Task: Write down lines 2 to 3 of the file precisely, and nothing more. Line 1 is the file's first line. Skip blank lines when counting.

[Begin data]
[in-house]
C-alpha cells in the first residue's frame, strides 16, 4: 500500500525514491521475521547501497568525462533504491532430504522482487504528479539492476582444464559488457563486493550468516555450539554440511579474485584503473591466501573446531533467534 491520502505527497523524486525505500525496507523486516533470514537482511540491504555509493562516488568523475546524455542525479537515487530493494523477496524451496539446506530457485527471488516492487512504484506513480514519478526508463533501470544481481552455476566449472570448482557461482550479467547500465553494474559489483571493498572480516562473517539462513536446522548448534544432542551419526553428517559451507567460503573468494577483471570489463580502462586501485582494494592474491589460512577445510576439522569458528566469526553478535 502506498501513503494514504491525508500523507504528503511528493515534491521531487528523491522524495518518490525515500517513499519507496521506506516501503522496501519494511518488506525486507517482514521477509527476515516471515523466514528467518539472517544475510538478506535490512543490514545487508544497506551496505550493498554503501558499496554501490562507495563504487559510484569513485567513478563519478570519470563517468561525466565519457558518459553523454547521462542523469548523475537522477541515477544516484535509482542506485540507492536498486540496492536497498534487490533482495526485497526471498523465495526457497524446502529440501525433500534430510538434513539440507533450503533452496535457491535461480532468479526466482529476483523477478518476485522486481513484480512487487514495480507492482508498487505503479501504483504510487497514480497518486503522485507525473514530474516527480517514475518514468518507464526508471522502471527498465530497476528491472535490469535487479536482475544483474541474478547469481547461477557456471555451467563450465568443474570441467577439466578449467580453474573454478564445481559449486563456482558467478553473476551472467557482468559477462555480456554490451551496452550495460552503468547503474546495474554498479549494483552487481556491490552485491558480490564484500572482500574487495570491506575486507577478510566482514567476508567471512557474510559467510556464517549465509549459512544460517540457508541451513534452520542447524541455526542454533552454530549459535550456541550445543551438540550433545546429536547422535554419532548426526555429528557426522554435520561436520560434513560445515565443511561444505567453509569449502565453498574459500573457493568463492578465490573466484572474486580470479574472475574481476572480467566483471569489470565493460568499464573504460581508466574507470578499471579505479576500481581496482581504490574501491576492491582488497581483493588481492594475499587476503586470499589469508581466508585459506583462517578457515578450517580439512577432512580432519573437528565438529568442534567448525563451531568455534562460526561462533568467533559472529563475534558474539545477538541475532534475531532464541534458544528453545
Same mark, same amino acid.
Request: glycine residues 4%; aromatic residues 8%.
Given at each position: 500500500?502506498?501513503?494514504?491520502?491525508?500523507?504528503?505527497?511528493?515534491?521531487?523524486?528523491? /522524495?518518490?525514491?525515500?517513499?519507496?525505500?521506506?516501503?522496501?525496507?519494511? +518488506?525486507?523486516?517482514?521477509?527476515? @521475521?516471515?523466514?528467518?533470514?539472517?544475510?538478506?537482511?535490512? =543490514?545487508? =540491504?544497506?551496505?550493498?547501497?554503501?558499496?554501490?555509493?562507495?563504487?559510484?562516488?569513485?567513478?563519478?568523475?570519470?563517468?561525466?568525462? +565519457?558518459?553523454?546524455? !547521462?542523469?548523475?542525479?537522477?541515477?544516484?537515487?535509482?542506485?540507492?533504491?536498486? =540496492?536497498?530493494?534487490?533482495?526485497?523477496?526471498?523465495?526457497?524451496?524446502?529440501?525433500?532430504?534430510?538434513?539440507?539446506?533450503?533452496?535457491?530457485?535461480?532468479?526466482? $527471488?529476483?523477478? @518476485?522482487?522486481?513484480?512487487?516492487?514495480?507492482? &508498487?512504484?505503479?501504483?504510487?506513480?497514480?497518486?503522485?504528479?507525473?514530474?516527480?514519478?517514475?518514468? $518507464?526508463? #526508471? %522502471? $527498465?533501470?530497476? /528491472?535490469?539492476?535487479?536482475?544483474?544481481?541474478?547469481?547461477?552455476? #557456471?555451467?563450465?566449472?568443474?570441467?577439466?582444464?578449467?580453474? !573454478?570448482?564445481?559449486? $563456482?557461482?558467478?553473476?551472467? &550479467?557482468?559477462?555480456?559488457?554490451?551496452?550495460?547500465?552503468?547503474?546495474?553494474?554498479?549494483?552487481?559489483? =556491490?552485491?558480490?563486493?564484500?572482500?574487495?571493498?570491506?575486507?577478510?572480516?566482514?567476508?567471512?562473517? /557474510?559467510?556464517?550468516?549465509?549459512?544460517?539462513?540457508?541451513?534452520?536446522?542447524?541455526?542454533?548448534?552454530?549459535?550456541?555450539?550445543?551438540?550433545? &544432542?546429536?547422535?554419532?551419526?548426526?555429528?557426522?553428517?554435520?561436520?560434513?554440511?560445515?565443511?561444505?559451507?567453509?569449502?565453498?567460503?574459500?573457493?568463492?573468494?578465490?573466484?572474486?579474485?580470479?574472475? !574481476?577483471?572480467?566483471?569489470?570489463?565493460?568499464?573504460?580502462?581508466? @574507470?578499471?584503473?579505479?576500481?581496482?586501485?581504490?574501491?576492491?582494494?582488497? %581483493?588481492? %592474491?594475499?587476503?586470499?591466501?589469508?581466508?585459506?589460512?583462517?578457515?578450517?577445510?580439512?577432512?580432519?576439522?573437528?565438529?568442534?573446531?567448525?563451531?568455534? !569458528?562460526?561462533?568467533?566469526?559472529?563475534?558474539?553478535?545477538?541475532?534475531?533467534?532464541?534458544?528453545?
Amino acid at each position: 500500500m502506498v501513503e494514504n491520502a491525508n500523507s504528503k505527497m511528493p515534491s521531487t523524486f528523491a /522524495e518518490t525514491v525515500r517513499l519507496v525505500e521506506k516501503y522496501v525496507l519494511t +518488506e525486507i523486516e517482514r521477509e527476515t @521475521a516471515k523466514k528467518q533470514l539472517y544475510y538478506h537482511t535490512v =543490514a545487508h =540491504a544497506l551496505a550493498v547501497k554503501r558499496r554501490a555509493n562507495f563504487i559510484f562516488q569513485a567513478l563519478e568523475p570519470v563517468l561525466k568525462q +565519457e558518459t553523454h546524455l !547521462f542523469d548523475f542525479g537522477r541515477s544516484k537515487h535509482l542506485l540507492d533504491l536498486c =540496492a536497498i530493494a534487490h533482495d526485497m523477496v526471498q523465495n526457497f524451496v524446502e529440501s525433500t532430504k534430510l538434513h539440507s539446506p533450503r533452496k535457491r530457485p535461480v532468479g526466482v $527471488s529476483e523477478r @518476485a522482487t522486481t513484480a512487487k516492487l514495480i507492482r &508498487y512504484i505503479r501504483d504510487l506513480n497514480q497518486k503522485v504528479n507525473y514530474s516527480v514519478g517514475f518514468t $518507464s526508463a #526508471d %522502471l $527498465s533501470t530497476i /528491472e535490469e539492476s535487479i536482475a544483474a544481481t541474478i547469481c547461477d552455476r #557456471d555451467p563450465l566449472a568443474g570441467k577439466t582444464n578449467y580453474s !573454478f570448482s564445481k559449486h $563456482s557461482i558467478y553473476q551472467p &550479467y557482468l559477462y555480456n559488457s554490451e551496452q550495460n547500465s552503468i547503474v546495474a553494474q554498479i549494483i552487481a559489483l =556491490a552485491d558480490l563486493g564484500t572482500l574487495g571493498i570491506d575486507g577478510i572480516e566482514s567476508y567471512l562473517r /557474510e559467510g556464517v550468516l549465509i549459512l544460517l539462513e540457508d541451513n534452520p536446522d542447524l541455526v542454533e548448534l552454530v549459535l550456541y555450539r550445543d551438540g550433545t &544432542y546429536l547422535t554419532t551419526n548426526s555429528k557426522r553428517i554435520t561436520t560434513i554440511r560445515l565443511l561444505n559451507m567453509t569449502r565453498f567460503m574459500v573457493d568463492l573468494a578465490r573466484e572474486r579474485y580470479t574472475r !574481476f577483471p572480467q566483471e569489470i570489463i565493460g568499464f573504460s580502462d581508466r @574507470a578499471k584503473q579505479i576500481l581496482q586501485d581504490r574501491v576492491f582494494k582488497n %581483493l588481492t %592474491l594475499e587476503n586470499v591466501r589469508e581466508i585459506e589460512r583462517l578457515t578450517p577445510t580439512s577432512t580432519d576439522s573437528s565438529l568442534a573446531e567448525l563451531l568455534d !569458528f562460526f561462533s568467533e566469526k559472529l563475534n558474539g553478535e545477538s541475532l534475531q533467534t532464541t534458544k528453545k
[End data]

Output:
C-alpha cells in the first residue's frame, strides 16, 4: 500500500525514491521475521547501497568525462533504491532430504522482487504528479539492476582444464559488457563486493550468516555450539554440511579474485584503473591466501573446531533467534 491520502505527497523524486525505500525496507523486516533470514537482511540491504555509493562516488568523475546524455542525479537515487530493494523477496524451496539446506530457485527471488516492487512504484506513480514519478526508463533501470544481481552455476566449472570448482557461482550479467547500465553494474559489483571493498572480516562473517539462513536446522548448534544432542551419526553428517559451507567460503573468494577483471570489463580502462586501485582494494592474491589460512577445510576439522569458528566469526553478535 502506498501513503494514504491525508500523507504528503511528493515534491521531487528523491522524495518518490525515500517513499519507496521506506516501503522496501519494511518488506525486507517482514521477509527476515516471515523466514528467518539472517544475510538478506535490512543490514545487508544497506551496505550493498554503501558499496554501490562507495563504487559510484569513485567513478563519478570519470563517468561525466565519457558518459553523454547521462542523469548523475537522477541515477544516484535509482542506485540507492536498486540496492536497498534487490533482495526485497526471498523465495526457497524446502529440501525433500534430510538434513539440507533450503533452496535457491535461480532468479526466482529476483523477478518476485522486481513484480512487487514495480507492482508498487505503479501504483504510487497514480497518486503522485507525473514530474516527480517514475518514468518507464526508471522502471527498465530497476528491472535490469535487479536482475544483474541474478547469481547461477557456471555451467563450465568443474570441467577439466578449467580453474573454478564445481559449486563456482558467478553473476551472467557482468559477462555480456554490451551496452550495460552503468547503474546495474554498479549494483552487481556491490552485491558480490564484500572482500574487495570491506575486507577478510566482514567476508567471512557474510559467510556464517549465509549459512544460517540457508541451513534452520542447524541455526542454533552454530549459535550456541550445543551438540550433545546429536547422535554419532548426526555429528557426522554435520561436520560434513560445515565443511561444505567453509569449502565453498574459500573457493568463492578465490573466484572474486580470479574472475574481476572480467566483471569489470565493460568499464573504460581508466574507470578499471579505479576500481581496482581504490574501491576492491582488497581483493588481492594475499587476503586470499589469508581466508585459506583462517578457515578450517580439512577432512580432519573437528565438529568442534567448525563451531568455534562460526561462533568467533559472529563475534558474539545477538541475532534475531532464541534458544528453545
Same mark, same amino acid.